You all are in for a big treat. Today’s TWiT Photo episode features a panel of eight industry experts and insiders engaged in pointed, and often heated, discussion addressing: Is Technology a Menace to Photography? Convened at a private WPPI studio in MGM’s Grand Arena; the luminary-studded group included Pulitzer Prize winner Greg Gibson, celebrity photographer and Help-Portrait creator Jeremy Cowart, reDefine host Tamara Lackey, Fast Track Photographer educator Dane Sanders, legendary wedding photographers Cliff Mautner and Jerry Ghionis, hot emerging fashion photographer Lindsay Adler, and glamour queen Sue Bryce.
We discussed topics, such as the too-easy lure of technological gimmickry to smooth over lack of artistic know-how; self-education and cultivation of a unique creative vision with responsible and mindful use of technology; the future of point-and-shoots and DSLRs in an age of camera phones; and the relevance of professional photographers over the coming decade. If your ears aren’t already burning, they will be. TWiT Photo is streamed live on Tuesdays at 1:30pm PT/4:30pm ET on http://live.twit.tv, part of the TWiT Netcast Network. Viewers can also find episodes of TWiT Photo on http://twit.tv/photo or on iTunes.
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Jerry Ghionis is recognized as one of top wedding and portrait photographers worldwide. He spills the light on how he creates and captures emotional scenes at a wedding. Not only has Jerry won the WPPI wedding album of the year seven times, he was also named the 2011 Australian Wedding Photographer of the Year by the Australian Institute of Professional Photography (AIPP). Jerry then shows us how to use available light in a photo shoot with Catherine!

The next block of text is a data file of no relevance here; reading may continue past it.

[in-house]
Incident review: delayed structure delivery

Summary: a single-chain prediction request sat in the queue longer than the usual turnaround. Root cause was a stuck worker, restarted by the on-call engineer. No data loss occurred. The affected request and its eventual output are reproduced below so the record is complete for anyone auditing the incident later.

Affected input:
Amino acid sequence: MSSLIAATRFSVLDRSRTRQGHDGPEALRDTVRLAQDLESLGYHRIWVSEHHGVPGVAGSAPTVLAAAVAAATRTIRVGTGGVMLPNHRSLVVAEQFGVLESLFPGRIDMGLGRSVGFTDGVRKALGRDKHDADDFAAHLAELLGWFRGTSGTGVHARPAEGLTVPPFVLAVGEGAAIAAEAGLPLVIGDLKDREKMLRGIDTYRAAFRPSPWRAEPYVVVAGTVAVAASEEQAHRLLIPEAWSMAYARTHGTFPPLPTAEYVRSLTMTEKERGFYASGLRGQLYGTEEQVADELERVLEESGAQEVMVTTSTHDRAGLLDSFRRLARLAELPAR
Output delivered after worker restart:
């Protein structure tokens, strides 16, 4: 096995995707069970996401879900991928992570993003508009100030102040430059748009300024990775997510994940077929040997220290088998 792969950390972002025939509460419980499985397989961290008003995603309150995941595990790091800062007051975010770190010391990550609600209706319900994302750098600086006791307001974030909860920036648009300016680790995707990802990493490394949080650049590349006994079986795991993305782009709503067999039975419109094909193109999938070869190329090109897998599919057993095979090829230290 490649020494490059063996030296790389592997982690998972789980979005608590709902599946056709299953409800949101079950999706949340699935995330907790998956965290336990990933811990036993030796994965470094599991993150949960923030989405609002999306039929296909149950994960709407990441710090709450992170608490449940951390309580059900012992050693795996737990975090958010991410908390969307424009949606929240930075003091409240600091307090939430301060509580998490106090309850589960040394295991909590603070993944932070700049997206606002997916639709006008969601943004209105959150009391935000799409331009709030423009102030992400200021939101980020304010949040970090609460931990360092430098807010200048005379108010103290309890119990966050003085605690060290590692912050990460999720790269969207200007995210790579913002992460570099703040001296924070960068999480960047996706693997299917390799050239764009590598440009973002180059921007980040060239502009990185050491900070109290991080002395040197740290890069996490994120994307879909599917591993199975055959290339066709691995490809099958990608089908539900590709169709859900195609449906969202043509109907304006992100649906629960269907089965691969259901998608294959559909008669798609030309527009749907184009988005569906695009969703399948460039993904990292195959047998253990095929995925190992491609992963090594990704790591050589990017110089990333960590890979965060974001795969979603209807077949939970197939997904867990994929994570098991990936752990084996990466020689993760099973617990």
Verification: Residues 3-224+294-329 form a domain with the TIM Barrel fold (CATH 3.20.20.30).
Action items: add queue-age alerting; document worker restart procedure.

Here are Jerry’s top tips and a few images from his inspiring portfolio:
1 Shoot for the wedding album.
2 Photography is more about communication than it is about technique.
3 Never forgo the fine art of lighting and posing.
It’s hard not to want to hate Robby Cavanaugh – fresh out of school, the SoCal boy has already been published in Vogue Italia, won a bunch of awards, and now has another notch in his belt as our first TWiT Photo Guest Quest winner. Yet, Robby’s incredibly down-to-earth and just has a natural artistic talent. Joining us live in the studio, the fine art photographer comes clean about Photoshop in his “phantasmagorical” images and achieving artistic excellence with very, very little gear, and lots and lots of perseverance and perspiration. Judges Zack Arias and Tamara Lackey crack the whip on the portfolios of Guest Quest winners, and give invaluable advice to contest aspirants.
Here are Robby’s top tips and a few images from his inspiring portfolio:
1 If you can think it, it can be done.
The question on everyone’s mind must be: what hasn’t David Bergman done? With 11 covers for Sports Illustrated, including the coveted 2010 Super Bowl, and his distinction as official tour photographer for Bon Jovi, David gets a lot of game. He joins us live in the TWiT studio to discuss his now-famous GigaPan shot of Obama’s inauguration and shows viewers how he processes 600 frames of a GigaPan shot in a live software demo. Also, the music geek shares inside secrets on being a successful music tour photographer, and you won’t want to miss the moment he shocks Leo and me with his gigantic, $10G+ bazooka 600mm F4 Nikon lens.
All of us, in our own small way, carry out heroic acts in our daily lives – sometimes, even just waking up in the morning and venturing forth into the world takes courage. Photojournalist Ron Haviv, this week’s TWiT Photo guest, however operates on a completely different playing field than most of us. From his exclusive coverage of the civil war in Yugoslavia to the genocide in Darfur, Ron has made it his life’s work to document conflict zones — often in areas of the world that are despicably brutal and violent — in order to educate others about social inequity and abuses of human rights. Watch the video to hear Ron discuss gaining access into conflict zones, being taken prisoner 3 times in the line of duty, and decompressing after an intense assignment.
Here are Ron’s top tips:
1. Research your stories.
2. Prepare for a multi-platform end result.
3. Use your aesthetics to create a bond with the viewer and the image.
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